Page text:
I’ve been afraid of the dark since age seven, when I awoke one night and felt something soft and winged swoop low across my face.
Too terrified to scream, I threw off my blankets and bolted down the hall to my parents’ room. I couldn’t see what it was, but I knew it was following me—I felt its eyes or whatever it used instead of eyes tracking me with unspeakably evil intent.
In that instant, I understood what it was to be a mouse in a field and know that the hawk is circling twenty yards above, poised to dive.
It turned out to be a bat, the first of many we would find in our house that summer. Once their presence became routine, I stopped being afraid of them, and I could sleep at night with all the lights turned out.
That fear came back to me twelve years later in the woods in late August. I was backpacking with my boyfriend, who didn’t seem to be afraid of anything. I was afraid of everything, but on that particular night, I was afraid of bears.
There were signs posted at the trailhead about an increase in bear sightings, about ravaged tent sites, about the dangers of improperly sealed containers. Under these circumstances, every rustle was an approaching bear. I saw them lurking in the dark beyond the beam of my headlamp, felt the atoms of my scent borne on invisible currents towards their nostrils. With each breath, the bear’s ribcage expanded in unison with my own. They walked when I walked, stopped when I stopped. My fear transformed the air into their hot primordial breath.
At the time, I don’t think I knew exactly what scared me. I was not afraid of being mauled, or losing our food, or even seeing a bear. I realize now that what I dreaded was something far more nebulous: bearness itself. Savagery. The will to tear something apart. I feared things that lurked, things that lived in the dim regions beyond my perception. I made my boyfriend miserable that night.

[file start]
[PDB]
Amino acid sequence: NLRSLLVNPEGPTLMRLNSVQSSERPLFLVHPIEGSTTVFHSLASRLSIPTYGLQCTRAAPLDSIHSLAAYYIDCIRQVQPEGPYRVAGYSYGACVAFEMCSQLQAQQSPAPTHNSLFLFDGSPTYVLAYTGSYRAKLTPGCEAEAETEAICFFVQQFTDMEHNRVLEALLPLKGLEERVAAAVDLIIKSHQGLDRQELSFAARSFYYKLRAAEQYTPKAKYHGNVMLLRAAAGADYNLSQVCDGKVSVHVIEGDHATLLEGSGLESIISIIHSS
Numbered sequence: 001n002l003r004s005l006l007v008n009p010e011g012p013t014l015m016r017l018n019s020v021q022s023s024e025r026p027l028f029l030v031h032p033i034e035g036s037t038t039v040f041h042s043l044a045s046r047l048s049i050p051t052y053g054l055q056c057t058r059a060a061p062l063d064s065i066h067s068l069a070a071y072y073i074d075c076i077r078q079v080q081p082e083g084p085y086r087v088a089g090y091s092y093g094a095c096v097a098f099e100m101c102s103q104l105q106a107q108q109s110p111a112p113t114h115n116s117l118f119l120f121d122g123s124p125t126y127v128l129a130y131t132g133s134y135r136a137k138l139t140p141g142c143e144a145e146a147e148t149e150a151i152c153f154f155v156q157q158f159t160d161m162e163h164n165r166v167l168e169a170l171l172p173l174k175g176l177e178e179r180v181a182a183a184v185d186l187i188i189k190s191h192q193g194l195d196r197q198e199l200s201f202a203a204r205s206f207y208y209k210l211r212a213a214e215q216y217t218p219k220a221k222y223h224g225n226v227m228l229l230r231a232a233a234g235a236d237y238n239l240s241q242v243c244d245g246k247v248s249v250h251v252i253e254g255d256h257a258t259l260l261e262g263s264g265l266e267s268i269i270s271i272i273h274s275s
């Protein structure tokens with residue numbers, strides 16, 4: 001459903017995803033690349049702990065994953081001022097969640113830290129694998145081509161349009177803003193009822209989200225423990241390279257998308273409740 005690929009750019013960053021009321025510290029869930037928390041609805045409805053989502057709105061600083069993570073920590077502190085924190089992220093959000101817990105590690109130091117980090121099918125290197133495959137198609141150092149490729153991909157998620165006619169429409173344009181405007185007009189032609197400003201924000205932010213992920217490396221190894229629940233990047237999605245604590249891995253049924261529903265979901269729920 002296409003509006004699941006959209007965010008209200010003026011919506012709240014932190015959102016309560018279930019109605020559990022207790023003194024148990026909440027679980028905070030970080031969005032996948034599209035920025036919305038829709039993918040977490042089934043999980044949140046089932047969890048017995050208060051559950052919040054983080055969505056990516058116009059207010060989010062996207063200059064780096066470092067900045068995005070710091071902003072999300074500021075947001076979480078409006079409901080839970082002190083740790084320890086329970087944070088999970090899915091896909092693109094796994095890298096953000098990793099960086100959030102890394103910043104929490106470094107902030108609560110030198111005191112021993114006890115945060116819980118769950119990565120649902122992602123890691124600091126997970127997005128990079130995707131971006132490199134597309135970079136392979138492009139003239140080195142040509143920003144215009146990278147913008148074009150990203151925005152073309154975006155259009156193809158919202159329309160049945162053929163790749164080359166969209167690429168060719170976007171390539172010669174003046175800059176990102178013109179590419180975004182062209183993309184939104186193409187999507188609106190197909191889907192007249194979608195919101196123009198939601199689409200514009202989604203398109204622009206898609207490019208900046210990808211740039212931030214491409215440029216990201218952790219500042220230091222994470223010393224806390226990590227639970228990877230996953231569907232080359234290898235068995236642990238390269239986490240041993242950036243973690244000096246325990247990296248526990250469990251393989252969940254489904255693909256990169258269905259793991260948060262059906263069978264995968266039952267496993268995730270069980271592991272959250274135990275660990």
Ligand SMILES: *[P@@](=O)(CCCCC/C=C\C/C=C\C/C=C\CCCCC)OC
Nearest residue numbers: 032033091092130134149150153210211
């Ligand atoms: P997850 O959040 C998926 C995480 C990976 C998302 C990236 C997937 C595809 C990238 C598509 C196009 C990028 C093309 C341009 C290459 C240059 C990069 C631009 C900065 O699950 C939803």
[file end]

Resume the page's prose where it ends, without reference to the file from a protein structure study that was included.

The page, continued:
“I heard something,” I would say roughly every five minutes.
“It’s nothing. Go back to sleep.”
I must have dozed off, because toward morning I experienced something I can only describe as a dream, although that word doesn’t feel quite right. At some bluish gray hour, either I or a slightly different I crawled out of the tent and began searching for bear tracks.
I crouched on all fours, scanning the carpet of leaves for a claw-shaped impression. And then I heard a sound, a low roar that I immediately identified as bear. It echoed through my body. I froze. I looked around frantically, my heart ready to burst. Nothing but stillness around me. Then I heard the sound again, louder this time. The sound came from my throat. It was me.
I was the bear.
I woke up in the tent, drenched in sweat. I unzipped the flap, looked at the ground outside to see if it had been disturbed. It hadn’t been. My palms were clean. I didn’t tell my boyfriend what happened until several months later, partly because I didn’t know how to articulate the feeling of having a bear inside me and partly because I was terrified of admitting that it might have been true.
When I finally did figure out a way to tell him that didn’t make me sound borderline schizophrenic, I framed the story in a way that allowed for the possibility that I had completely imagined the episode. To speak of it that way felt safer.
Children eventually learn that they must leave their dreams on the pillow, separate their inner worlds from the three-dimensional reality known as adulthood.
Civilization depends upon this separation. We have been conditioned to ignore our subjective experiences, to treat them as antithetical to reality rather than a part of it. But after that night in the woods, I have wondered if, in that moment, I was more present, more conscious, than I have ever been before.
Arthur J. Deikman, a psychiatry professor at the University of California, San Francisco, believes that these moments of hyper-consciousness are the result of deautomatization, a state in which the psychological structures that organize and interpret external stimuli cease to function normally.
In other words, deautomatization involves the undoing of abstract, goal-directed thought processes, creating an undifferentiated experience of the world. In this condition, Deikman writes, “the self is no longer experienced as a separate object and customary perceptual and cognitive distinctions are no longer applicable.”